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Beowulf: A Thousand Years Of Baggage - Review of a 'Mead Hall Romp' In Adelaide

12/03/2013 15:09 GMT | Updated 12/05/2013 10:12 BST

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Lisa Clair and Jason Craig in Beowulf at the Adelaide Festival. Photo: Shane Reid

How do you stop a play about an epic Anglo-Saxon poem from turning into a dreary high school history lesson?

Turn it into a dreary version of High School Musical.

The Australian premiere of Beowulf: A Thousand Years of Baggage as part of the Adelaide Festival promised a night of "explosive" interactive theatre.

But what the American BBB (Banana Bag & Bodice) company delivered was a brash and shouty rock opera that failed to involve its audience or get more than a smattering of laughs.

Beowulf is being performed in The German Club, a beer hall that seems an excellent choice for a show supposed to provide a "raucous mead hall romp".

The drama begins with three students engaging in a discussion on the Old English text. Flitting from academic lecture to cabaret, hero Beowulf appears amongst the audience and bursts into song before fighting to the death with monster Grendel. We also hear about the "issues" between Grendel and his mother, who lives in a lake.

The lyrics were passionately performed by a highly capable cast backed by a seven-piece band. But the script abjectly failed to rouse a large part of last night's audience.

The dialogue sounded like it had come straight from a US teen movie (this was almost certainly intentional), with a proliferation of lines like "f*ck off", "you're stupid" and "you filthy fascist".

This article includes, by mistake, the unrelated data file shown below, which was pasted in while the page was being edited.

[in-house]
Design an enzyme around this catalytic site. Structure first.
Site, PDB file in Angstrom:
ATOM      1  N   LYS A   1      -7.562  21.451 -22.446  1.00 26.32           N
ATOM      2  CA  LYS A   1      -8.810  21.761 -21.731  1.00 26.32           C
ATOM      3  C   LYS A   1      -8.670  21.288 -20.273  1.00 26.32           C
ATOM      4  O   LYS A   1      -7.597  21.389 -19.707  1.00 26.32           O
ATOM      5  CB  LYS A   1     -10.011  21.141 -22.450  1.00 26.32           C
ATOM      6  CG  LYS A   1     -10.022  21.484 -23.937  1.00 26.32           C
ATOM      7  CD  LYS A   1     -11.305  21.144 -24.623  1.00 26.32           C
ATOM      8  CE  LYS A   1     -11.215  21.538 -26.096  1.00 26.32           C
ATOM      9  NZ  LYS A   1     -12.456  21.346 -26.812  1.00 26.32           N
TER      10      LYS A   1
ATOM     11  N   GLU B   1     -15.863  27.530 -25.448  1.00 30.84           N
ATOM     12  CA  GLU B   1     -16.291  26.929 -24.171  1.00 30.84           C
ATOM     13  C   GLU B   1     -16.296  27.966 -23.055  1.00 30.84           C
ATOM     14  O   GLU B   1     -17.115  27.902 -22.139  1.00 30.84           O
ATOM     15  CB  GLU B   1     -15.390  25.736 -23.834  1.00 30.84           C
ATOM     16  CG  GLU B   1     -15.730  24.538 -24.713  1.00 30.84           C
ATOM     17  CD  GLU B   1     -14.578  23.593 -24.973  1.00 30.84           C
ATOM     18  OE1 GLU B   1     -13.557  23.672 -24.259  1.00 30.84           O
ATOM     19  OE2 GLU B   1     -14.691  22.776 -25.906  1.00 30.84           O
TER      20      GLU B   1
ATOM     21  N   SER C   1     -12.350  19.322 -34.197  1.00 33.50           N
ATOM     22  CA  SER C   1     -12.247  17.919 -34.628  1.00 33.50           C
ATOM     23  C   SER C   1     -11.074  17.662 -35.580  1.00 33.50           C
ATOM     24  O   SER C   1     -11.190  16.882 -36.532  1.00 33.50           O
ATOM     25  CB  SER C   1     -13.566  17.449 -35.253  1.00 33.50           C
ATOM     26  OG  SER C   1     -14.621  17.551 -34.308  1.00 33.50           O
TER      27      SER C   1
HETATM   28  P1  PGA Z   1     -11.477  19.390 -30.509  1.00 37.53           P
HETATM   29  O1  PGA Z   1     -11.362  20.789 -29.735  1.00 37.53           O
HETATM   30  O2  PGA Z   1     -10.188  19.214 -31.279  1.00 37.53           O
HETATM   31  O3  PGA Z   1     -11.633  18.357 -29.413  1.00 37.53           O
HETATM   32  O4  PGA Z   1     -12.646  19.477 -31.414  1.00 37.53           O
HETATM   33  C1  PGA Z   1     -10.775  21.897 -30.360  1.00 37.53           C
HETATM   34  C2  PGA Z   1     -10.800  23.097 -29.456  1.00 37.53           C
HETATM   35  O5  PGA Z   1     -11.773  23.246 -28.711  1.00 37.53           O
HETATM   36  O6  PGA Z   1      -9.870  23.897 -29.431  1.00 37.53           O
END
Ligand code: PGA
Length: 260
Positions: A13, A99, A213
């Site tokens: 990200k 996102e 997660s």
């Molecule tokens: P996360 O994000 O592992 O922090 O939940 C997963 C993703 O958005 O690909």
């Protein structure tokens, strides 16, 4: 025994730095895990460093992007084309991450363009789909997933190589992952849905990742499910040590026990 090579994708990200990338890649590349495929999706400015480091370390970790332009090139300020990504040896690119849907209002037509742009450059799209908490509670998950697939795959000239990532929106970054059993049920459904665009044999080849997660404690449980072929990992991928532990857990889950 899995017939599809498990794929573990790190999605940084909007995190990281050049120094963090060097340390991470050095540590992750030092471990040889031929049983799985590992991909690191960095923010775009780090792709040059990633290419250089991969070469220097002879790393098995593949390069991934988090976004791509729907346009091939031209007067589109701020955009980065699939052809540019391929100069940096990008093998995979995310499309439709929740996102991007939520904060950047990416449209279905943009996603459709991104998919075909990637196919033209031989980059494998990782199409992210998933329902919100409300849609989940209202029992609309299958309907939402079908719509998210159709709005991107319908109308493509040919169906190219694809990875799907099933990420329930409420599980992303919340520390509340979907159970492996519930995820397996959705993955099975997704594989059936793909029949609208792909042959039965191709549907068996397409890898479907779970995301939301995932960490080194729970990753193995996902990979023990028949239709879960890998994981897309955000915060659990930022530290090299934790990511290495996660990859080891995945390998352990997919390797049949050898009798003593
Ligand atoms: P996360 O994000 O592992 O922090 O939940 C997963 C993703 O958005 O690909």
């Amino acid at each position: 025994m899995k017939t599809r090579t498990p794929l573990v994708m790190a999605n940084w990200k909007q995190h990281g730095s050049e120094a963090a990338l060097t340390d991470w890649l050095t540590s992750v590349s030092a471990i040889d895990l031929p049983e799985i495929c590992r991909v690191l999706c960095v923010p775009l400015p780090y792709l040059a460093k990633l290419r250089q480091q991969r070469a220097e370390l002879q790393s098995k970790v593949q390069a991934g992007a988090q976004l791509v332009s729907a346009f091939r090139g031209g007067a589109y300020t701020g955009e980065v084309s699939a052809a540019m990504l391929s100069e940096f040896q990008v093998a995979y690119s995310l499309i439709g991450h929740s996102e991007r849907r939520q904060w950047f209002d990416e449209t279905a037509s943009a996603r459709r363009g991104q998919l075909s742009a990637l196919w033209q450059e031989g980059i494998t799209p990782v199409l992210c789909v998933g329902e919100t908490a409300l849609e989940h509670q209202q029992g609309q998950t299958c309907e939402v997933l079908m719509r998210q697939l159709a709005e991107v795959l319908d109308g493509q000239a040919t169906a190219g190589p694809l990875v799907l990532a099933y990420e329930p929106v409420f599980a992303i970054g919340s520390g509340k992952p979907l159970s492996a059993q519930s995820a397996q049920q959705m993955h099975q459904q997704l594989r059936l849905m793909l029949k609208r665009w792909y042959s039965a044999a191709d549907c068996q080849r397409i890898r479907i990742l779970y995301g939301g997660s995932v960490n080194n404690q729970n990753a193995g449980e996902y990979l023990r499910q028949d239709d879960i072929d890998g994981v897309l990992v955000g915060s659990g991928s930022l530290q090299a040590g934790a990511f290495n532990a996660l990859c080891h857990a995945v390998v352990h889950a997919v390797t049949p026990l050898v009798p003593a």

Even cards held aloft by two of the female performers declaring "YAY!" failed to elicit more than a half-hearted cheer.

And the visual highlight of the night, a bloody plastic arm ripped from Grendel's body, saw cringing smiles at the table I was sat at.

In fact, the loudest applause came from Grendel himself as he sat in the middle of the audience hollering.

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A scene from Beowulf: A Thousand Years of Baggage. Photo: Shane Reid

Beowulf would have rightfully deserved top billing at a university theatre or as some kind of smart-arse podcast. It is witty, has a certain geeky flair and the cast boasts several fabulous voices.

But coming hot on the heels of the sublime The Strange Undoing of Prudencia Hart in the very same venue, it felt disappointingly slight and soulless in comparison.

Theatregoers at the front of the hall appeared to be drawn in more than those at the back, some of whom began a conversation towards the end - before walking out.

Perhaps this was a reflection of the dearth of "audience participation", despite it being promised in the programme.

Unfortunately, the interactivity didn't seem to go beyond a couple of spectators getting splashed with some beer and the rest having to crane their necks as Beowulf and Grendel sauntered back and forth through the hall.

I confess, in a gross dereliction of duty, I failed to read Beowulf before seeing last night's performance. But if devouring 3,182 lines of tenth century poetry is a prerequisite for enjoying this show, it's a pretty niche sort of entertainment.

And I wasn't the only one. In the penultimate scene of the play, one of the student characters admitted he had given up reading it before reaching the end.

Why? "It just goes on a bit, and seemed irrelevant." He said it.

View Etan Smallman's website at: www.etan.info